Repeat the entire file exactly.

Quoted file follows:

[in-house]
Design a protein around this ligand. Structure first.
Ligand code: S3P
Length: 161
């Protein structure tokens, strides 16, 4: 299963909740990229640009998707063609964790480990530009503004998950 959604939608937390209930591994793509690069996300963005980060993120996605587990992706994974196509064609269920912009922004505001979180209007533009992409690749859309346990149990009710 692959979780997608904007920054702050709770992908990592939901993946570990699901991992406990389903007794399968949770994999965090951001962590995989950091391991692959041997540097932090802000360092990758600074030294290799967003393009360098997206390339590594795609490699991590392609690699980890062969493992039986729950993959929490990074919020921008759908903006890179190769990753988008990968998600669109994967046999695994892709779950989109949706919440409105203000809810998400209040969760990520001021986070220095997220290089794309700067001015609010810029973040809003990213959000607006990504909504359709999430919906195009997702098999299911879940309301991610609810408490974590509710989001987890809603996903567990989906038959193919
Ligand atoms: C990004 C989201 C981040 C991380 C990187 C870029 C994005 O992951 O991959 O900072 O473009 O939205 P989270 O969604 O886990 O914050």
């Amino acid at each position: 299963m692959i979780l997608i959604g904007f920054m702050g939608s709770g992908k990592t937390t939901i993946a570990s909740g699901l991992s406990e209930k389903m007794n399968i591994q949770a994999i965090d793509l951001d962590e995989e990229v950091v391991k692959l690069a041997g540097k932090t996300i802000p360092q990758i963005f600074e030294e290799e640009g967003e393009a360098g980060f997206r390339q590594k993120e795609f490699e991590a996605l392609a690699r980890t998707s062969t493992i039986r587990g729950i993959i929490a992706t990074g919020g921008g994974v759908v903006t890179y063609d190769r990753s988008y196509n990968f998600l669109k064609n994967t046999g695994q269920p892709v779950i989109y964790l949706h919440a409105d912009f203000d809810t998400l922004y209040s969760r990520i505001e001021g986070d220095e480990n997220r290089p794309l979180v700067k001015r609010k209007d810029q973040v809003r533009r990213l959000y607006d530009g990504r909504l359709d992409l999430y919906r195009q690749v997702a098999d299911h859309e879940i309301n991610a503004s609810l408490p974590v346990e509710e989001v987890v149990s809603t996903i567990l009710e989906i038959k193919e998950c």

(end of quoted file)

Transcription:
[in-house]
Design a protein around this ligand. Structure first.
Ligand code: S3P
Length: 161
């Protein structure tokens, strides 16, 4: 299963909740990229640009998707063609964790480990530009503004998950 959604939608937390209930591994793509690069996300963005980060993120996605587990992706994974196509064609269920912009922004505001979180209007533009992409690749859309346990149990009710 692959979780997608904007920054702050709770992908990592939901993946570990699901991992406990389903007794399968949770994999965090951001962590995989950091391991692959041997540097932090802000360092990758600074030294290799967003393009360098997206390339590594795609490699991590392609690699980890062969493992039986729950993959929490990074919020921008759908903006890179190769990753988008990968998600669109994967046999695994892709779950989109949706919440409105203000809810998400209040969760990520001021986070220095997220290089794309700067001015609010810029973040809003990213959000607006990504909504359709999430919906195009997702098999299911879940309301991610609810408490974590509710989001987890809603996903567990989906038959193919
Ligand atoms: C990004 C989201 C981040 C991380 C990187 C870029 C994005 O992951 O991959 O900072 O473009 O939205 P989270 O969604 O886990 O914050």
């Amino acid at each position: 299963m692959i979780l997608i959604g904007f920054m702050g939608s709770g992908k990592t937390t939901i993946a570990s909740g699901l991992s406990e209930k389903m007794n399968i591994q949770a994999i965090d793509l951001d962590e995989e990229v950091v391991k692959l690069a041997g540097k932090t996300i802000p360092q990758i963005f600074e030294e290799e640009g967003e393009a360098g980060f997206r390339q590594k993120e795609f490699e991590a996605l392609a690699r980890t998707s062969t493992i039986r587990g729950i993959i929490a992706t990074g919020g921008g994974v759908v903006t890179y063609d190769r990753s988008y196509n990968f998600l669109k064609n994967t046999g695994q269920p892709v779950i989109y964790l949706h919440a409105d912009f203000d809810t998400l922004y209040s969760r990520i505001e001021g986070d220095e480990n997220r290089p794309l979180v700067k001015r609010k209007d810029q973040v809003r533009r990213l959000y607006d530009g990504r909504l359709d992409l999430y919906r195009q690749v997702a098999d299911h859309e879940i309301n991610a503004s609810l408490p974590v346990e509710e989001v987890v149990s809603t996903i567990l009710e989906i038959k193919e998950c």